The United States on Saturday turned over custody of five former members of the Taliban who were being held at the Guantanamo Bay detention center to Qatar in exchange for the release of a U.S. Army soldier who’d been held in Afghanistan by the Taliban for the past five years.
A Defense Department official, who declined to be further identified, identified the five prisoners as Mohammad Fazl, Mullah Norullah Noori, Mohammed Nabi, Khairullah Khairkhwa and Abdul Haq Wasiq.
A later statement from the Pentagon said the five detainees had been transferred to Qatari control in exchange for the freedom of Army Sgt. Bowe Bergdahl, a Sun Valley, Idaho, native who’d been held by the Taliban since June 30, 2009.
In the statement, Defense Secretary Chuck Hagel said that President Barack Obama had called Bergdahl’s parents to inform them their son had been released and was “now under the care of the U.S. military.”
The statement also said that Qatar had agreed “to ensure that security measures are in place and the national security of the United States will not be compromised” by the release of the five men, all five of whom had been placed on a list of terrorist suspects that the United States felt were too dangerous to release.
“I appreciate the efforts of the Emir of Qatar to put these measures in place, and I want to thank him for his instrumental role in facilitating the return of Sergeant Bergdahl,” the statement said.
“The United States government never forgot Sergeant Bergdahl nor did we stop working to bring him back,” Hagel’s statement added. “I am grateful to all the military and civilian professionals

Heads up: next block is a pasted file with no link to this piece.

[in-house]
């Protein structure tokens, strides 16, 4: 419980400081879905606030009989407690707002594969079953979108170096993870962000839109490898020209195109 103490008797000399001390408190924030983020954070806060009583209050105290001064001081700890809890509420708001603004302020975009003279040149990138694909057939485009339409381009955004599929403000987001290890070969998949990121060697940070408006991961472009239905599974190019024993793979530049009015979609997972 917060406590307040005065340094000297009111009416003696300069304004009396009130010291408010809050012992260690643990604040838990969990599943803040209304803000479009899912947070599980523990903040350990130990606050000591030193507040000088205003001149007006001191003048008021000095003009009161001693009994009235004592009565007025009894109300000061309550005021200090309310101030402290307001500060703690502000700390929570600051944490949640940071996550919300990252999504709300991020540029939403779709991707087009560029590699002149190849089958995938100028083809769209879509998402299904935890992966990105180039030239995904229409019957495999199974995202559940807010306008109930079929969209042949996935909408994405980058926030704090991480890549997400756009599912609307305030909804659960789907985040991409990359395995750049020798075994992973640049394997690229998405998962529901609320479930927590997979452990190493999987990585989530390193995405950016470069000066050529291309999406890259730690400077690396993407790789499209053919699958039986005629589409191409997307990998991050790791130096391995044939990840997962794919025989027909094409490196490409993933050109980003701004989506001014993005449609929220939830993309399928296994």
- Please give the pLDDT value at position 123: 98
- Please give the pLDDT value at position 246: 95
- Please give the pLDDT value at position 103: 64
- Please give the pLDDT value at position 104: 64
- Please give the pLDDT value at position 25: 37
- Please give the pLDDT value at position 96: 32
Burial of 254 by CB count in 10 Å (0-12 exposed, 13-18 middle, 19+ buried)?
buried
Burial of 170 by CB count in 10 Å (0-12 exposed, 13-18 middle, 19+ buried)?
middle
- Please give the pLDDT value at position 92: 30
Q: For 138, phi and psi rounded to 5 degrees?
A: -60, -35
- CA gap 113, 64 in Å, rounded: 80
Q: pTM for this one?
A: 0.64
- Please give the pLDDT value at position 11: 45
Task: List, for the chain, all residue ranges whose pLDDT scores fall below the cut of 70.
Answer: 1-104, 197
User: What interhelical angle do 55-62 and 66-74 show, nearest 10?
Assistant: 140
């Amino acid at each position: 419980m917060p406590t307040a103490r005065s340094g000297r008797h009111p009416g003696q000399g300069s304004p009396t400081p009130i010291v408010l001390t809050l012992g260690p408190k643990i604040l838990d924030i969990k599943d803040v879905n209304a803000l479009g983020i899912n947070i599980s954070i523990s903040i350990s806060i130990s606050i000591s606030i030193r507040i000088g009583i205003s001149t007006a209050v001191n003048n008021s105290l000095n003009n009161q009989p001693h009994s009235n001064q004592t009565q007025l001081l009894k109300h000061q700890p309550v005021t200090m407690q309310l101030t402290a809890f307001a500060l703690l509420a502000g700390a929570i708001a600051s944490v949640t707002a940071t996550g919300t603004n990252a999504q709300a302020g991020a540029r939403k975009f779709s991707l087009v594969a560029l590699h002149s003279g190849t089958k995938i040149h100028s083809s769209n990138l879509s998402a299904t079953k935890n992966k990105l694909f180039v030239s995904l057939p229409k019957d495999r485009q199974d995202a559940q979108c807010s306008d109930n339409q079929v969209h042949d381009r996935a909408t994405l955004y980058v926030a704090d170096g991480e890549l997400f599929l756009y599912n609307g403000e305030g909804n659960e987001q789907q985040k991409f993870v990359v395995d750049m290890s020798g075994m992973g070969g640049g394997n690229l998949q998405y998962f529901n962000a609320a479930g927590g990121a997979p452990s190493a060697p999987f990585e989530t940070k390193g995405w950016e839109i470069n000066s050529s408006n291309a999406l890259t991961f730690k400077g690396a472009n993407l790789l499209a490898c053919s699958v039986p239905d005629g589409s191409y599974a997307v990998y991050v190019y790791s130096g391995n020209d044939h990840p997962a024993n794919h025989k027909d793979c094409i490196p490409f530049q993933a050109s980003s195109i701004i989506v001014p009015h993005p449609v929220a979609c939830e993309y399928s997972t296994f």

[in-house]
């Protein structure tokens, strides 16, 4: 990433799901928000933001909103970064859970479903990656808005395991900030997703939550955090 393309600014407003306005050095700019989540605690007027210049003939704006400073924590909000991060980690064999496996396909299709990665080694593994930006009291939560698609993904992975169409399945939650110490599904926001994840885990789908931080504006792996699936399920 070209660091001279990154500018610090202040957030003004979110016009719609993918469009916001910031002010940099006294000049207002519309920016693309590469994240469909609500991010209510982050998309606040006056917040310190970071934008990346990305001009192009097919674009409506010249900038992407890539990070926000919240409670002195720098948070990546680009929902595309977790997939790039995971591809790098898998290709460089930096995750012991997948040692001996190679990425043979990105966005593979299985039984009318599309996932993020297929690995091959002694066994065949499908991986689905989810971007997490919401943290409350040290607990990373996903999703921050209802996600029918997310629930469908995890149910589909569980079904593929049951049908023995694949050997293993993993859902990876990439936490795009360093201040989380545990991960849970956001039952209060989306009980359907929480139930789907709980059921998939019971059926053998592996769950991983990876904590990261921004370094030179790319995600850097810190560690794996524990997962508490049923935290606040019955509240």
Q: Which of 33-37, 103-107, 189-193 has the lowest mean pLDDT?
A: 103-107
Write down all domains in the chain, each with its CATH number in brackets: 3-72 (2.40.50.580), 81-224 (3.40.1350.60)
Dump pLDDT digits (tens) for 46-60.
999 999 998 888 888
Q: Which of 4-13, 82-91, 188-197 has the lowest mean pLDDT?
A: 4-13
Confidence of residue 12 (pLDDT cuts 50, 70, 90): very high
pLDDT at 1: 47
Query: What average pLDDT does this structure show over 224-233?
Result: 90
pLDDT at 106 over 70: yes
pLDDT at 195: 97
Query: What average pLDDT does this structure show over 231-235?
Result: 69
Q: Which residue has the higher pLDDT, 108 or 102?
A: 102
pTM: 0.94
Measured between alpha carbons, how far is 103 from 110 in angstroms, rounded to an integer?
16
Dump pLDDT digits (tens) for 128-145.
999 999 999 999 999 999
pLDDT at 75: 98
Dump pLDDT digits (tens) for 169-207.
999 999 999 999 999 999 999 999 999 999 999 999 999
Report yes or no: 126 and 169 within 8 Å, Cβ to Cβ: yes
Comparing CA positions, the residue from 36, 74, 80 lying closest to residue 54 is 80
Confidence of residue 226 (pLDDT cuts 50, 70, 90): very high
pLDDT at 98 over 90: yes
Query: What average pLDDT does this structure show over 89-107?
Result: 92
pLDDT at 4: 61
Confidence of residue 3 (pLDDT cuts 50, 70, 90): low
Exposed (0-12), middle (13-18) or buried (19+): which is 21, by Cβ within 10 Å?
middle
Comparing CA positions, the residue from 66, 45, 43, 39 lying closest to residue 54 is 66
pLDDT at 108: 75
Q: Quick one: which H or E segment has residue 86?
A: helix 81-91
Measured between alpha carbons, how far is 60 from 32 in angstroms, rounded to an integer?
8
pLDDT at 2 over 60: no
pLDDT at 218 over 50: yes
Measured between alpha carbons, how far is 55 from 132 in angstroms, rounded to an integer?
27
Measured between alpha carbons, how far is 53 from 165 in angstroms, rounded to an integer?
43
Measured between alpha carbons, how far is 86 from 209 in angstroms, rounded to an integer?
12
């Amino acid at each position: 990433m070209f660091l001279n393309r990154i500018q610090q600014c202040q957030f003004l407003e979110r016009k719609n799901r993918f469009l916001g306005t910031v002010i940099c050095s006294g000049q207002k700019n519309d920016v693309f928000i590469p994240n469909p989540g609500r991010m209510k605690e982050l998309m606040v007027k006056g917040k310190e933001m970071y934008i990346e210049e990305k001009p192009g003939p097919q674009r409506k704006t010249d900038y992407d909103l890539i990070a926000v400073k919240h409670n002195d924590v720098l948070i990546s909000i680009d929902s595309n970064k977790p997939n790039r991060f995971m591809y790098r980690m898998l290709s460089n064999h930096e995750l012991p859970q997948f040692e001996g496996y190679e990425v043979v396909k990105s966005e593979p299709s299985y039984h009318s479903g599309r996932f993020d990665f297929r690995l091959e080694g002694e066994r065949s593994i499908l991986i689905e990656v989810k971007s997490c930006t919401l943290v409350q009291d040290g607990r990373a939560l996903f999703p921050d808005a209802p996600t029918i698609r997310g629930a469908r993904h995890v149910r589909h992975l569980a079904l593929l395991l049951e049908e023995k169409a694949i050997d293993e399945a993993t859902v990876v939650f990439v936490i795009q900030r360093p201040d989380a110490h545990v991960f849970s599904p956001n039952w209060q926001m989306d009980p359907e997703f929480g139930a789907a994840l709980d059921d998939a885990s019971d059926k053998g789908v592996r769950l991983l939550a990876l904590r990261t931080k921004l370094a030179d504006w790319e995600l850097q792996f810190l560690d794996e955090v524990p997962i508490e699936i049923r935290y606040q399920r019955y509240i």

The transfer of the Taliban detainees comes nearly one year after peace talks between the Taliban and the United States collapsed in Doha, Qatar’s capital, after the Afghan government of President Hamid Karzai refused to send a delegation to the talks. The government said it had been misled by the United States over the nature of the official office Qatar had allowed the Taliban to establish in Doha.
The possibility of exchange of the five Taliban detainees for Bergdahl had long been rumored, and is likely to prove controversial.
For one, the White House ordered the transfer of the Taliban detainees from the prison camp without giving Congress the 30 days notice required by law. A U.S. official, confirming that Congress was told of the exchange only after the detainees had been surrendered to Qatar, said Obama acted in his capacity of commander in chief.
“This is a case of the commander in chief exercising his prerogative to get one of his soldiers back,” the official said.
For another, the circumstances of Bergdahl’s disappearance from his Afghan base have never been clear. Some military officials have suggested that he left the base voluntarily and may have deserted.
That was perhaps one reason for the muted tone to the official celebration of Bergdahl’s release. While Obama and senior administration officials said they were heartened by the news that the sergeant would be reunited with his family, there were no flourishes calling him a hero or thanking him for his service.
Published accounts, especially a Rolling Stone report on Bergdahl’s emails home, suggest that the soldier willingly walked away from his unit soon after arriving in Afghanistan.